The Wondering Jew (Not a Typo!)

Ever since I was a tot, I would ask “why?” (My baby-sitting, twin cousins, Ruthie and Naomi called me “the mouth” – at age 3!) But as the stereotype has it, that seems to be something natural to most Jews – asking, questioning, disagreeing, and protesting. And it’s worth remembering that not all “stereotypes” are wrong. If indeed this one is correct (as I believe it is), the question is – sorry about this! – WHY?

As with every good question, there are several possible answers – each probably true to a certain extent. I’ll start with a few that historians have bandied about, and then I’ll add my take. First, the Bible (“Old Testament”) is replete with arguments (Abraham telling God that “He” can’t destroy Sodom and Amorah if there are saints living there), protests (the Israelites in the desert), and sundry questioning of authority (the Prophets). Not for nothing does God call the Children of Israel “a stiff-necked people”!

Second, more than a thousand years later, after the destruction of the Second Temple (68 CE), Judaism took a radical turn away from the Temple cult (priests, sacrifices etc) to scholarship. Religious learning and education evolved and soon developed what came to be known later as the Talmud, a gigantic compendium – not of laws, but of arguments. The questions, debating, arguing, go on for pages and pages, each camp (many times more than two) utilizing all the tools of rhetoric and logic. Over many hundreds of years (the Talmud, originally purely oral based on memory, was finally written down around the 5th-6th centuries CE), it has created a culture of learning through interrogation and verbal give-and-take without parallel.

Third, anti-semitism also played its part over the past 2000 years. When the world views you as an outcast or “inferior” (in the Moslem world, that was called “dhimmi”), then at some point you begin to view yourself as well as an “other” – and start thinking as an “other”. Actually, I should take back the word “start”; as the first two factors above note, the Jews have viewed themselves as “other” from their very start – whether as “The Chosen People” or simply believing differently than everyone else around them (monotheism vs the ancient world’s polytheism).

When I was ten years old, my mother took David and me for an entire summer vacation to England and Switzerland to see the family. Each direction on a famous ocean liner. Being with my overseas family was fun, but the real “added value” was seeing “alien” things: cricket, farthings, fish & chips, even a royal palace!

In retrospect, it strikes me that a major reason for the Jewish mindset is the Jewish People’s never-ending wanderings. Think about it: Abraham moved from Babylonia to Assyria to Canaan to Egypt and back to Canaan; Jacob moved his whole family to Egypt (and we know how that turned out); the Israelites sojourned in the desert for 40 years and then entered Canaan; 10 tribes were expelled in the 8th century BCE and then 200 years later the last two tribes’ leaders were also forced to leave, but they managed to return to the Holy Land after 50 years; then five centuries later came the Roman destruction of the Temple and more expulsions – this time to Babylon (again), Egypt and Rome. The next 2000 year period (until today) constitute(d) the Diaspora, with Jews ever on the move from one continent and country to another.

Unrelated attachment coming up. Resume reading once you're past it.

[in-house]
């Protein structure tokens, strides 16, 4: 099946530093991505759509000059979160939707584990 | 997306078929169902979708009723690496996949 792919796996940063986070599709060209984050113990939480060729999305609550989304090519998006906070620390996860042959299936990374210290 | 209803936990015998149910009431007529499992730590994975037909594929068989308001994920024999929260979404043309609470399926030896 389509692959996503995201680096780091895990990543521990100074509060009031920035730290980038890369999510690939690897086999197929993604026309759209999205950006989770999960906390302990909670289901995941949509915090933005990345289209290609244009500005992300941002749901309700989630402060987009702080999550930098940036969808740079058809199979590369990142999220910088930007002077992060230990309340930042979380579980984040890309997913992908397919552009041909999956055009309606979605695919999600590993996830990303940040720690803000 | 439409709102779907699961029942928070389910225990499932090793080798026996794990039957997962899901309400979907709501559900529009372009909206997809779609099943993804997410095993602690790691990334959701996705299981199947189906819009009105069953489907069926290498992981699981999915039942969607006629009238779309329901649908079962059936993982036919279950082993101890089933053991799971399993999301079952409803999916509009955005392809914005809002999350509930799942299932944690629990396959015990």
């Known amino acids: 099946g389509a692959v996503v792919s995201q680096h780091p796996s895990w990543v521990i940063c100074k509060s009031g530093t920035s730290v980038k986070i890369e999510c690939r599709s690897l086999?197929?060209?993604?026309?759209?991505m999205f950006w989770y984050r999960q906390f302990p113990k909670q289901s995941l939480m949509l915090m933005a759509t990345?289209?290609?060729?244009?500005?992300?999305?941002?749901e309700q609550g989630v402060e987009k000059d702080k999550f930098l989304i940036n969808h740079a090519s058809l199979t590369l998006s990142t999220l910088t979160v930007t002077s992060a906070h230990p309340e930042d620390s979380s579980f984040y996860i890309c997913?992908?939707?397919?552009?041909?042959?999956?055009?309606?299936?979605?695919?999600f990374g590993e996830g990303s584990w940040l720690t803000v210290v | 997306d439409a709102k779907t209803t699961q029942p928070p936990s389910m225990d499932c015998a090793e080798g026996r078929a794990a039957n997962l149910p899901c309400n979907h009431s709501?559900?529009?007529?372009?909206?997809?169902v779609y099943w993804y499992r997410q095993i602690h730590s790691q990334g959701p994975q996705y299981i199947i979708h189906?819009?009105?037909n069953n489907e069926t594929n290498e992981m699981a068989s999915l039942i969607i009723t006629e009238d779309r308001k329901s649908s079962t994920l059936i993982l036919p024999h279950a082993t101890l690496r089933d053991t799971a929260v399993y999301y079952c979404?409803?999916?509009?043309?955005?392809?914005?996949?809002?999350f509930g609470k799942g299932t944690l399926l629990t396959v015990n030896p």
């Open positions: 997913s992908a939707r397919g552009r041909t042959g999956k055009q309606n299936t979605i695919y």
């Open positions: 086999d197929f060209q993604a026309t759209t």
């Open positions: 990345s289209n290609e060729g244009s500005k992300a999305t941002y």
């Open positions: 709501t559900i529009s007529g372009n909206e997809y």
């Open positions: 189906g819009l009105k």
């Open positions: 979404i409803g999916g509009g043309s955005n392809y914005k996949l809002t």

That’s why we are also called “The Wandering Jew”. And it seems to me that all this Wandering also makes us Wondering, i.e. wondering why we are not accepted almost anywhere, and also wondering (in the new place we settle) why “they” do things the way the way they do.

Note how this plays into all three of the original factors mentioned earlier: Jews don’t accept the “conventional wisdom” of anyone; they were highly literate and educated among other nations that have very low educational levels, so that was only natural to ask “why?” when the only answer forthcoming was “tradition”; and all this, of course, gets the Gentiles angry, leading to more anti-semitism that brings more expulsions etc., thereby starting the cycle all over again.

Thus, the Jewish way of doing (and thinking) things is “Wonderful” – as in “I wonder why it’s done that way?” Terrific for progress: scientific, technological and even social (Jews were/are in the forefront of most major social protest movements). But that also leads to Wanderful: sometimes a “push” by the Gentile world, and sometimes a “pull” with the Jew seeking out more amenable pastures. As one example: look how many Jews have immigrated to Palestine/Israel in the past century – and how many have also left Israel since its establishment!

Can we have our cake (enjoy staying put in our home country) and eat it too (see other places to broaden horizons)? Yes. The answer is vacation travel – not only to have fun but to learn how human nature is highly variegated, how others can live quite differently than us – but still make sense of their lives. Americans are notoriously “parochial” (the center of the world), and part of the reason for that is never leaving the U.S.  Indeed, even after the law was changed to require a passport for visiting Canada and Mexico, only about 30% of Americans have passports! I am willing to bet that the vast majority of the ultra-nationalist, racists in America have never left the good ol’ U.S.A. If solitary confinement in jail is inhuman, then self-confinement to one’s national borders is a recipe for anti-humanity.

Obviously, the present Corona period is not the time for travel. But once we’re past the pandemic, all of us should “get up and go”… far away. Not only for our mental health, but our moral health as well.

To make a bilingual pun (from my Mom’s home country), seeing the world is wünderbar!

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